There are several industry accepted tests for feather and down fill used in bedding and other finished products. This section will help explain three of the most prominent tests and explain the importance of both internal and independent outside testing.
Fill power is a measure of how ‘fluffy’ or ‘lofty’ down is. The higher the fill power, the more it traps air. It’s trapped air that keeps the sleeper warm. The actual test involves weighing and filling a cylinder tube with 28.4 grams of down. A specially calibrated weight is then placed on top of the cylinder and its weight is slowly allowed to fall onto the down for 60 seconds. The tester will observe the markings on the side of the cylinder where the weight stops. The higher the fill power, the loftier the down is and the better an insulator it is. This test is performed again 24 hours later and the results are compared and averaged. The typical fill power is approximately 500 and can reach as high as 800 or more in premium bedding or special sleeping bags. As fill power increases, the value of the down goes up significantly.
Fill power can be influenced by a variety of factors including: sitting in transit, humidity, temperature, static electricity and timing issues.
Turbidity is a technique that involves measuring 10 grams of down and placing it into a special beaker with 1 liter of water. This beaker is then sealed up and vigorously shaken for 15 minutes. After 15 minutes, the mixture is strained using a special filter and placed into another long tube. The tester will visually look down into the opening of this cylinder to see if a pair of crosshairs on the bottom are visible. On the outside of this clear cylinder are markings with measurements that indicate the amount of liquid in the container. The cylinder is filled to the top where the marking is. If the tester has trouble viewing the crosshairs the beaker is emptied until they are visible from the top. 550 is an excellent level and the highest measured in the United States (150 is considered acceptable–where as some Japanese companies prefer 800). In essence, the higher the turbidity number, the ‘cleaner’ the down.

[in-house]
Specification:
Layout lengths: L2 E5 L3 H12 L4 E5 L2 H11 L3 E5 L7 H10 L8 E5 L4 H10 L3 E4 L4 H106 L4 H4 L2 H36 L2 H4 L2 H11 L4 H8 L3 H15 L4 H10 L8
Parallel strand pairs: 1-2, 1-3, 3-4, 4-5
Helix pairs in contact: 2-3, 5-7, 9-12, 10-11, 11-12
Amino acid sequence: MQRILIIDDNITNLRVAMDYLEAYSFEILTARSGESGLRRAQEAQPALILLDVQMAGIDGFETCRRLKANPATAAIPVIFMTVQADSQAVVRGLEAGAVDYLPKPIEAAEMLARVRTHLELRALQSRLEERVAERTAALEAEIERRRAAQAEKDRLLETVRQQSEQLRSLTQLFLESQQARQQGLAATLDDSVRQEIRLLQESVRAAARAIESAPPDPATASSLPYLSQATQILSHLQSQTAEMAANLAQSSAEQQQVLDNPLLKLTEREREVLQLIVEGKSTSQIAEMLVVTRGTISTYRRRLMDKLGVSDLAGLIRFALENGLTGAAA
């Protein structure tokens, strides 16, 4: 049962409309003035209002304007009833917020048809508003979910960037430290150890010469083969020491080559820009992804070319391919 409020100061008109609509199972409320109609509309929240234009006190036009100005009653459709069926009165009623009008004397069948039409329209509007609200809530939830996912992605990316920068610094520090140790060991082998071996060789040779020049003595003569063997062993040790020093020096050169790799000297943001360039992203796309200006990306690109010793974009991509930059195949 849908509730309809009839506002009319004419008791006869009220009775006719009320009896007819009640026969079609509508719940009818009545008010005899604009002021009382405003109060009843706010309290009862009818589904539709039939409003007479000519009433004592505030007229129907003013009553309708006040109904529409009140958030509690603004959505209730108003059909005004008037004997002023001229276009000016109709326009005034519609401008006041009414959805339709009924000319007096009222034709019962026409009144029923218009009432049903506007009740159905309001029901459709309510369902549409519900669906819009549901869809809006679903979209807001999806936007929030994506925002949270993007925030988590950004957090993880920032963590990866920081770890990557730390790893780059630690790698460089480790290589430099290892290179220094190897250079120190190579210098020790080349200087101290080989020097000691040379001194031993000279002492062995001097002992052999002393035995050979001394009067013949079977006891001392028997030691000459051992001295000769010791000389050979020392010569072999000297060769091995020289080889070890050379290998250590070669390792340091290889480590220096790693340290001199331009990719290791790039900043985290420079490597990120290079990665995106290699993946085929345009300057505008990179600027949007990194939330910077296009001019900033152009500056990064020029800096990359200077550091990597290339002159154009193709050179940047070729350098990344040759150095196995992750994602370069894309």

The oxygen test is a technique where the presence of organic materials is measured. Organic materials are found in unwashed products that come from the meat processing plants-including blood from the waterfowl. The test is complicated but basically involves applying specially measured chemicals to the same water used for the turbidity test. The lower the Oxygen count, the less organic materials that are present in the finished product. A good Oxygen test measures 4.5 or lower.
Down testing is best performed after the down is washed and dried but before it is used in the final products. This allows tighter control over products all the way through final production. Some feather and down processors do their own internal testing to constantly monitor the quality of their merchandise and be able to make washing adjustments in real-time.
There are many labs for the testing of down products–two are: The International Down and Feather Laboratories (IDFL) and the Independent Down Laboratory (IDL). Both of these facilities regularly test down from both down processors and retailers of the finished goods. Many larger retail and catalog chains request officially certified tests from these companies to audit their inventory of down product. Tests can usually be performed within a few days and cost up to a few hundred dollars.
FTC Guideline: Any product with at least 75% down clusters may be labeled as “Down”. The remaining 25% are usually comprised of down and feather fibers and small feathers (less then a few cm – can be up to 6 cm).